In his younger years, however, Whitner sometimes had been on the other side of the law. One day while at school in Union village, Joseph Whitner was visited by the deputy sheriff of the district on some relatively minor matter. Apparently unknown to the officer, young Joseph Whitner carried a pistol to school. The deputy intended to arrest him, and the future solicitor pulled his firearm out, jokingly telling the officer that he would not go willingly. When the deputy jumped off of his horse in rage, Whitner came very close to shooting the peace officer.

Whitner continued his education, however, and after graduating from South Carolina College in 1818, he learned the law by reading it. Elected a law judge of 1850, he left his excitable temper outside the courtroom. On the bench his demeanor made him a lawyer's dream com true: the judge was conscientious, patient,
First Presbyterian Church Garden image. Click for full size.
By Brian Scott, August 23, 2008
4. First Presbyterian Church Garden
kind, and courteous to the attorneys before him. Sometimes Judge Whitner's fear of making an unfair ruling made him appear hesitant and doubtful. (Source: Rebellion in the Temple of Justice: The Federal and State Courts in South Carolina During the War Between the States by William Moise (2003) pg 94.)

A supporter of slavery, Whitner believed that slavery humanizes the character of the master only when it comes up to biblical standards. He owned close to sixty slaves. Many took the name Whitner upon their emancipation. (Source: The Most Boisterous Passions: Southern Responses to Thomas Jefferson’s Critique of Slavery by Eugene D. Genovese.)
    — Submitted June 15, 2009, by Brian Scott of Anderson, South Carolina.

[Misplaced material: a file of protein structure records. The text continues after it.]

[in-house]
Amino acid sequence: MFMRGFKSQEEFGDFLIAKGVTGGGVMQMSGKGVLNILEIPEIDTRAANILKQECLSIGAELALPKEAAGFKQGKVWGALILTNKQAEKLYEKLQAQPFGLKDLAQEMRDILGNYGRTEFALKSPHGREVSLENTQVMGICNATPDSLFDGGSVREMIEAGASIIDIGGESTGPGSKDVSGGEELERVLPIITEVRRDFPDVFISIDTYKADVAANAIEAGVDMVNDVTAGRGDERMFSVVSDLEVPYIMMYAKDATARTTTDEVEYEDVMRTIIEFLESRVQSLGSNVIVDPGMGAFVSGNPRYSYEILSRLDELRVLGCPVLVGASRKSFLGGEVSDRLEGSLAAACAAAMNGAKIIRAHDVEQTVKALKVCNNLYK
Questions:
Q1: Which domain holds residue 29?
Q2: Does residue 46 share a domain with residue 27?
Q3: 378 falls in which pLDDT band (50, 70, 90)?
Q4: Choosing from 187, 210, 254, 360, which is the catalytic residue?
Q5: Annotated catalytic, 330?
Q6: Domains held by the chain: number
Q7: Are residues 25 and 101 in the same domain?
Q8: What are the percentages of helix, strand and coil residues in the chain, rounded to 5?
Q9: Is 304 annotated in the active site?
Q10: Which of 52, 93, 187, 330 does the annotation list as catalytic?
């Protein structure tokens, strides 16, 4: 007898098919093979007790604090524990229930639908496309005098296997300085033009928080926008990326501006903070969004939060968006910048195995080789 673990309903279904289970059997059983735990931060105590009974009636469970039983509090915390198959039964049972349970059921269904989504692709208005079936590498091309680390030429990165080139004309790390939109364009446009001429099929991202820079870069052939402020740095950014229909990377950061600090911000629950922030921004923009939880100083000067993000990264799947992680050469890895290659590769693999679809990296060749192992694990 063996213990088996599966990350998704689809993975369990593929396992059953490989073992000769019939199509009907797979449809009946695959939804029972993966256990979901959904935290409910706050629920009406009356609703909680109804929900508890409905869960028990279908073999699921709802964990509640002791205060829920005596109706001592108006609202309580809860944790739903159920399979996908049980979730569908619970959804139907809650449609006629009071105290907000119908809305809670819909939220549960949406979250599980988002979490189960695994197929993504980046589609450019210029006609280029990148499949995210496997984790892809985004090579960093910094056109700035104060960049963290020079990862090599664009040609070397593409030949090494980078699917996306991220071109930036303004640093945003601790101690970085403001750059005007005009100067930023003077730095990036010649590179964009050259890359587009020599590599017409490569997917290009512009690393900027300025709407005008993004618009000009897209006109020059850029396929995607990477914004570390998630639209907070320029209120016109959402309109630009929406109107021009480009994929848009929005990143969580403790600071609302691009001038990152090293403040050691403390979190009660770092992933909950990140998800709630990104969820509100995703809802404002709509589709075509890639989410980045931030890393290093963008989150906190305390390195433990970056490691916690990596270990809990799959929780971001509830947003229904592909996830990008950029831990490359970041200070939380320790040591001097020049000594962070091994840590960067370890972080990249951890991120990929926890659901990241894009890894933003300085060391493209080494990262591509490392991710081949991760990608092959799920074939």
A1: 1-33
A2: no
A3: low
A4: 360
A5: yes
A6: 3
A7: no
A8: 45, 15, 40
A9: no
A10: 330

Categories. Churches, Etc.
 
First Presbyterian Church image. Click for full size.
By Brian Scott, August 23, 2008
5. First Presbyterian Church
First Presbyterian Church Steeple image. Click for full size.
By Brian Scott, August 23, 2008
6. First Presbyterian Church Steeple
First Presbyterian Church -<br>Front (South) Portico image. Click for full size.
By Brian Scott, August 23, 2008
7. First Presbyterian Church -
Front (South) Portico
First Presbyterian Church Cemetery image. Click for full size.
By Brian Scott, November 8, 2011
8. First Presbyterian Church Cemetery
First Presbyterian Church image. Click for full size.
South Carolina Postcards, Vol. IX: Anderson County, by Howard Woody, circa 1908
9. First Presbyterian Church
The first small frame structure facing Tolly Street was erected in 1837 with a membership of 13. A larger building was erected facing Whitner Street in 1839. The cornerstone to their brick sanctuary shown above was laid in 1879. Rev. S.J. Cartledge was the pastor in 1903.
 
 
Credits. This page originally submitted on , by Ronald Miller of Gray Court, South Carolina. This page has been viewed 2,022 times since then and 9 times this year. Last updated on , by Brian Scott of Anderson, South Carolina. Photos:   1, 2. submitted on , by Ronald Miller of Gray Court, South Carolina.   3, 4, 5, 6. submitted on , by Brian Scott of Anderson, South Carolina.   7. submitted on , by Brian Scott of Anderson, South Carolina.   8. submitted on , by Brian Scott of Anderson, South Carolina.   9. submitted on , by Brian Scott of Anderson, South Carolina. • Kevin W. was the editor who published this page. This page was last revised on June 16, 2016.